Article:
|Publication number||US4804342 A|
|Application number||US 07/042,203|
|Publication date||Feb 14, 1989|
|Filing date||Apr 24, 1987|
|Priority date||Apr 24, 1987|
|Publication number||042203, 07042203, US 4804342 A, US 4804342A, US-A-4804342, US4804342 A, US4804342A|
|Inventors||William J. Rudy, Jr., Howard R. Shaffer, Daniel E. Stahl|
|Original Assignee||Amp Incorporated|
|Export Citation||BiBTeX, EndNote, RefMan|
|Patent Citations (8), Referenced by (15), Classifications (5), Legal Events (4)|
|External Links: USPTO, USPTO Assignment, Espacenet|
This invention relates to the field of electrical connectors and more particularly to strain relief assemblies therefor.
Conventional strain relief methods are known to clamp a plurality of conductor cables together in a bundle tightly to rearwardly portions of connector housings so that strain on the conductor cables from remote of the connector is relayed to the connector housing. This relief minimizes the stress on each or any of the terminations of the terminals to the conductor wires within the cable, or to the stress of the terminals on their retention mechanism within respective passageways in the housing.
It is desired to provide a strain relief for a planar array of conductor cables extending from a narrow elongated connector such as a single-row module stacked side-by-side to adjacent similar modules closely spaced to economize on spacing between the rows of terminals, wherein the strain relief means including the means fastening it to the connector is no wider or longer than the module.
It is further desired to provide such a strain relief for a narrow connector which resists forces tending to apply a torque on the strain relief in a direction relative to the connector normal to the elongate dimension of the connector.
It is also further desirable to provide a strain relief assembly of few parts and capable of ease of assembly and disassembly.
The present invention provides an assembly for strain relief of an array of cables extending from an electrical connector. A first cover is securable at a forward section to the cable face of the connector at both ends of the array of cables and has a transition section which gathers the cables close together to be clamped into a transverse aperture in the rearward section of the first cover. A second cover has a cable clamping portion associated with the transverse aperture and is adapted to engage and deflect the cables into the aperture when the second cover is secured to the first cover, in a manner which firmly presses the deflected cable portions against surfaces of the cable side of the first cover adjacent forward and rearward side of the aperture.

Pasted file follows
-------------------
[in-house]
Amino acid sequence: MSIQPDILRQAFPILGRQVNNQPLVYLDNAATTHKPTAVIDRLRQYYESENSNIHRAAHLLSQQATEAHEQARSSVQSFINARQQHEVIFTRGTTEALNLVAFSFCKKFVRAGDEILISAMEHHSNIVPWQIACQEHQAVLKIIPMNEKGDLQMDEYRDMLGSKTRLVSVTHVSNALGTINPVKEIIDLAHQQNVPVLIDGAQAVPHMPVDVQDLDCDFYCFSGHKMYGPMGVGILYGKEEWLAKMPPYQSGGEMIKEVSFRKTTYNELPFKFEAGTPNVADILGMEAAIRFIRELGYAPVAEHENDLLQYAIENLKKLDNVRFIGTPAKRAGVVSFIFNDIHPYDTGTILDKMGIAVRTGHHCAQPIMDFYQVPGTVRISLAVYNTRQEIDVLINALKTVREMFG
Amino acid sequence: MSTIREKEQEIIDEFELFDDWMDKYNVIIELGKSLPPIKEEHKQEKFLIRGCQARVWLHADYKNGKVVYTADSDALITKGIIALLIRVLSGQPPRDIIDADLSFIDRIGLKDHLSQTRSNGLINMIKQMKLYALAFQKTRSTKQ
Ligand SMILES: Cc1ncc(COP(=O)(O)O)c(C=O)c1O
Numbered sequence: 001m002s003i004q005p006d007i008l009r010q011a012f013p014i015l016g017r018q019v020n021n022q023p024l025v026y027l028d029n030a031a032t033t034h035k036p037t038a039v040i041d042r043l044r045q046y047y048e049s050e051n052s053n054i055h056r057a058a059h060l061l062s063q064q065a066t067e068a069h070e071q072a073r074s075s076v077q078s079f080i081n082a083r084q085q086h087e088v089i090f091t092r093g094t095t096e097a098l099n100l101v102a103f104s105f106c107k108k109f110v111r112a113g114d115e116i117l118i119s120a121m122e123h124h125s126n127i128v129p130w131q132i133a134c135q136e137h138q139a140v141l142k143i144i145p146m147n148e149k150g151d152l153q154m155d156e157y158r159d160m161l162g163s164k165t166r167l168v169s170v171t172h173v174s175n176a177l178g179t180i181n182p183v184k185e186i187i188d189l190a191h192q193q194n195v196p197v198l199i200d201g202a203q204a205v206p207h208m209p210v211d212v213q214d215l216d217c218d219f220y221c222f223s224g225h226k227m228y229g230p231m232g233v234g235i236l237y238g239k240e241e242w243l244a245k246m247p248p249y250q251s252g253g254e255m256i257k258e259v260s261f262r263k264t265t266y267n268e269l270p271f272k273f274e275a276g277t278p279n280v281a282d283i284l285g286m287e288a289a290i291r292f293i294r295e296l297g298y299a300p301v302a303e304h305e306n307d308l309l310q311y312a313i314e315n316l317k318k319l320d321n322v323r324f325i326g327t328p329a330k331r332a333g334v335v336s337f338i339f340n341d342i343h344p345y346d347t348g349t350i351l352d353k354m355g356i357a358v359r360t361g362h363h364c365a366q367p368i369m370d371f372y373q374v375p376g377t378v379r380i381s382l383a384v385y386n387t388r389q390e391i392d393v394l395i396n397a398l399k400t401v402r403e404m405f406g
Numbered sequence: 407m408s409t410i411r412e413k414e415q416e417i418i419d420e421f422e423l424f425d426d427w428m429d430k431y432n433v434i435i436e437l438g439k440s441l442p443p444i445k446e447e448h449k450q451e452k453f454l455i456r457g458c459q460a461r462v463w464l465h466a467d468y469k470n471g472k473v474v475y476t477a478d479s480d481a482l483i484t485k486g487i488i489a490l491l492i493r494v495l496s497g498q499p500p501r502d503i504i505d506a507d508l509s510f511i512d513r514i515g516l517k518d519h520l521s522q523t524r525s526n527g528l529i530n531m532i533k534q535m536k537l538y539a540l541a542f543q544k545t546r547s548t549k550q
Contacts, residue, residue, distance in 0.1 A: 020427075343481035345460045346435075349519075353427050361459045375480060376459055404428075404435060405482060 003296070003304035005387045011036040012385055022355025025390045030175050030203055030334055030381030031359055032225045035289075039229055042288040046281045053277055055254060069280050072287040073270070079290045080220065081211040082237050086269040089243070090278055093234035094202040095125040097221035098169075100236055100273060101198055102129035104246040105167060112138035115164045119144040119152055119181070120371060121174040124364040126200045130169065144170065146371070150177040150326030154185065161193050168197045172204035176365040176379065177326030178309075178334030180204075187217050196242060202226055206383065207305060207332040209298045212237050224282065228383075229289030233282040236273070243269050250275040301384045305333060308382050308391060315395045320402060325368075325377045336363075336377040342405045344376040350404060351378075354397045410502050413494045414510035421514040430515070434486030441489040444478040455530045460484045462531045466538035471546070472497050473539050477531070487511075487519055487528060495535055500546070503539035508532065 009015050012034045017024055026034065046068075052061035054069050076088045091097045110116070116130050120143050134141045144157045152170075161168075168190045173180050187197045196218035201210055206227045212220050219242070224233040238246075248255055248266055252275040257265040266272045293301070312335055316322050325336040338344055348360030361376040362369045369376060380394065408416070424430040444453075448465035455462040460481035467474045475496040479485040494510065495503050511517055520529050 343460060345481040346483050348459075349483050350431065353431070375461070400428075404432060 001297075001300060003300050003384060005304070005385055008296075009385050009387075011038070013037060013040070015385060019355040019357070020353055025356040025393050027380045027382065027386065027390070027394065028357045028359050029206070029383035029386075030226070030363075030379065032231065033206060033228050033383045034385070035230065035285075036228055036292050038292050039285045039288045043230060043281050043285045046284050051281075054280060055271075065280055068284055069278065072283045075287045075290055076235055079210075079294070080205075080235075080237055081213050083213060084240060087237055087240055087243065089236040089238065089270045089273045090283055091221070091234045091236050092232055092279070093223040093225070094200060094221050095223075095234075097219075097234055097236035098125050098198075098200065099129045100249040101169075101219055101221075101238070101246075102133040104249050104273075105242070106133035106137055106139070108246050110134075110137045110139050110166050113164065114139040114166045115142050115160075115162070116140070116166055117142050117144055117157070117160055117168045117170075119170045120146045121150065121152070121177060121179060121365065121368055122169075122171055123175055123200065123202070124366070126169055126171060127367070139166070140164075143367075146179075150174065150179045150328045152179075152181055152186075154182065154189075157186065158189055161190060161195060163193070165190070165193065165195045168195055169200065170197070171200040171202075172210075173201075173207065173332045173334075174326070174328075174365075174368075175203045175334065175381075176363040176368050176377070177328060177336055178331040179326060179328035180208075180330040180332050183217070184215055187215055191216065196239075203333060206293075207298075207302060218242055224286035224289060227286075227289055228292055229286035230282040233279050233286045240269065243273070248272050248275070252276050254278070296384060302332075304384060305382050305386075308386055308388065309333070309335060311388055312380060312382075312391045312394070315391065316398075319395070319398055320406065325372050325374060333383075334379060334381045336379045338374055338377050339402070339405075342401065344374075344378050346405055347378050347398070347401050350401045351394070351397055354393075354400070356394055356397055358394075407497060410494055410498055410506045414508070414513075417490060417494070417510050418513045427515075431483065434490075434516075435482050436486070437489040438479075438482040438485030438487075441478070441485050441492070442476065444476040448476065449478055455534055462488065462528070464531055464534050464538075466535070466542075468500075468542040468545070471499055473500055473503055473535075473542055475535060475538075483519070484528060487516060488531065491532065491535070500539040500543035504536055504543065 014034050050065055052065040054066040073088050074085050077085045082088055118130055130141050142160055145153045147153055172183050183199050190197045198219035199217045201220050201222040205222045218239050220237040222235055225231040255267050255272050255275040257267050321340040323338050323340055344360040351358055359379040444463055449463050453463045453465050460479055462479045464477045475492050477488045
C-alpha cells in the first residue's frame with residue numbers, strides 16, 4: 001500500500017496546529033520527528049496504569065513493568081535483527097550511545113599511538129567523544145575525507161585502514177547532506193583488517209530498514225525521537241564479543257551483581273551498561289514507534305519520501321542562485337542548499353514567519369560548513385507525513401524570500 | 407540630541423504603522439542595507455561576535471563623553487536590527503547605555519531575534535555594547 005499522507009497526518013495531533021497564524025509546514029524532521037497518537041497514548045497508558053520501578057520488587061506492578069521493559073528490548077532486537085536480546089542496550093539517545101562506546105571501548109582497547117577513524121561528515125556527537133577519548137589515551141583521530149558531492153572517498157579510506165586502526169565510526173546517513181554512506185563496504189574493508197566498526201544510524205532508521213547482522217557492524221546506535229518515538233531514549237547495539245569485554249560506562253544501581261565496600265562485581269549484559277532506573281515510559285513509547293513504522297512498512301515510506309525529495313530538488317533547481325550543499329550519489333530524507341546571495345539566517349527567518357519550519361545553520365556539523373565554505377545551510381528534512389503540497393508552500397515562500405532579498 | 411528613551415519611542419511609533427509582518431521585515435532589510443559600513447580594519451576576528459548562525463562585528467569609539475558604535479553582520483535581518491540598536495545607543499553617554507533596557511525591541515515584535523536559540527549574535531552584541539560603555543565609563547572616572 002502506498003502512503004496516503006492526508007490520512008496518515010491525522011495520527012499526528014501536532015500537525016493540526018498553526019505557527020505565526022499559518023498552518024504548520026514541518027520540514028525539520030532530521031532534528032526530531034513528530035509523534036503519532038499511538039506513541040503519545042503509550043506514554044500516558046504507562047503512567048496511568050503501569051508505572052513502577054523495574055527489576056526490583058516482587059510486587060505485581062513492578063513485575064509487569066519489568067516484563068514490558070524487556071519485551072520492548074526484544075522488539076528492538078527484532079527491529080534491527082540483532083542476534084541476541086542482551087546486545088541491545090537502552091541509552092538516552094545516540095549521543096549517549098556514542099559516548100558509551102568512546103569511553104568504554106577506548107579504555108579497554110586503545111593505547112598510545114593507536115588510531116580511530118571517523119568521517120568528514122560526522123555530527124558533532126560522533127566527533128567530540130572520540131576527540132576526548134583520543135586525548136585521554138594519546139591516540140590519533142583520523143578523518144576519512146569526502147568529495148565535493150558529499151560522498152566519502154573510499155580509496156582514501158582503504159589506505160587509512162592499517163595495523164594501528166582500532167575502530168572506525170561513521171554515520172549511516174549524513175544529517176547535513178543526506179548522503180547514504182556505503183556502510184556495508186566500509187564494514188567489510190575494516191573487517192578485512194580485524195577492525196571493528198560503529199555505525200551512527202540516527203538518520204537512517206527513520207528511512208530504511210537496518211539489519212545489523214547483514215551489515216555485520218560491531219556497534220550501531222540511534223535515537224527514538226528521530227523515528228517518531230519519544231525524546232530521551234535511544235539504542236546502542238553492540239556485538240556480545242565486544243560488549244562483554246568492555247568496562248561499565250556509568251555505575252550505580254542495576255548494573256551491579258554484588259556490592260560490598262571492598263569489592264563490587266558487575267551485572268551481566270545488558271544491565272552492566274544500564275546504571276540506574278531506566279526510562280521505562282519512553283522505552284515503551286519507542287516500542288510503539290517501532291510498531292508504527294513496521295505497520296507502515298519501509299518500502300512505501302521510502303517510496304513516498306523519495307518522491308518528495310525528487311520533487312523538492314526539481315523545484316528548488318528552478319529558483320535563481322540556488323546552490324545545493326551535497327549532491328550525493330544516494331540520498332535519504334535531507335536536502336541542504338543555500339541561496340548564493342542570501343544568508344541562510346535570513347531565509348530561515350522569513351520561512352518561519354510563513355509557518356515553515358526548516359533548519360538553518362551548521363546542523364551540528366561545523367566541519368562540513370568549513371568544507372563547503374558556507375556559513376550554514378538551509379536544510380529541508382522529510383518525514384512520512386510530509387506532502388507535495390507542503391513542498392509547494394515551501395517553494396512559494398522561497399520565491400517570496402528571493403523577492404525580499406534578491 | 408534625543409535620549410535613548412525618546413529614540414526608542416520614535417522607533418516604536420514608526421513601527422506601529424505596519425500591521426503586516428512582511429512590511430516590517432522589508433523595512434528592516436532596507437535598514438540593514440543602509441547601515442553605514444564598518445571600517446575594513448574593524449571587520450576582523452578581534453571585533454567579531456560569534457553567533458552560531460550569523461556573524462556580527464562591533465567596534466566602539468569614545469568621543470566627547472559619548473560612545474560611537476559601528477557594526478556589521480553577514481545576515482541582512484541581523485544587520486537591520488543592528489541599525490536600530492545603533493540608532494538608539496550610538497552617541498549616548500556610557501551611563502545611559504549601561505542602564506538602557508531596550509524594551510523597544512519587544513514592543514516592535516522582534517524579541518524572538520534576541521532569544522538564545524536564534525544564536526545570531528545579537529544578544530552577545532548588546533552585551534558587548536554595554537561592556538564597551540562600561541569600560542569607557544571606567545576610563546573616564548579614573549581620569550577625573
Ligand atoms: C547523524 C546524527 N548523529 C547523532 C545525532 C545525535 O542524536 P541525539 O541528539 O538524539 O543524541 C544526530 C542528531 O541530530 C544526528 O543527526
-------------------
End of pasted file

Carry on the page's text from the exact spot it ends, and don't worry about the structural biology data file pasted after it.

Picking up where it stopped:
According to one embodiment of the present invention, the cable facing side of the first cover has a pivot means such as a pair of bosses on both sides of the rearward section just rearwardly of the aperture which have bearing surfaces cylindrical about a common axis transverse of the first cover with the bearing surfaces facing forwardly and inwardly. The second cover has a corresponding pair of C-shaped hooks with aligned cylindrical inside bearing surfaces, with the hooks opening away from the cable facing side. The hooks are insertable under the bosses, and the second cover is rotated about the axis of the bosses with the clamping surface engaging and deflecting the cables into the aperture and upon full clamping the second cover is secured to the first cover proximate their forward ends such as by latches.
According to another embodiment of the present invention, the second cover essentially comprises a clamping bar receivable into the aperture of the first cover, and against deflecting the cables thereinto and clamping them against the first cover at forward and rearward sides of the aperture, with the clamping bar being latched when fully inserted into the aperture such as by latching ledges at ends of the aperture entering into latching recesses at ends of the clamping bar.
According to another aspect of the present invention, the means for fastening the first cover to the connector can comprise flanges at both ends of the forward section, clip members having transverse rear sections extending across rear surfaces of the flanges, having axially extending body sections and having transverse forward sections extending into transverse slots in the connector, and pins insertable through aligned holes in the flanges, the rear clip sections, the connector and the forward clip sections. The pins have enlarged rear heads and may have bifurcated enlarged forward ends capable of being squeezed to pass through a smaller diameter hole in the forward clip section and then re-enlarge in a larger diameter portions of the connector hole forwardly of the forward clip sections, with the forward clip sections now acting as stop members with regard to the enlarged forward pin ends, securing the pins in the holes and fastening the first cover to the connector.
It is objective to provide a means for strain relief for a planar array of cables extending from a single row connector module adapted to be stacked side-by-side with other like modules with the strain relief assembly likewise having to be capable of being side-by-side with like strain relief assemblies of adjacent stacked modules.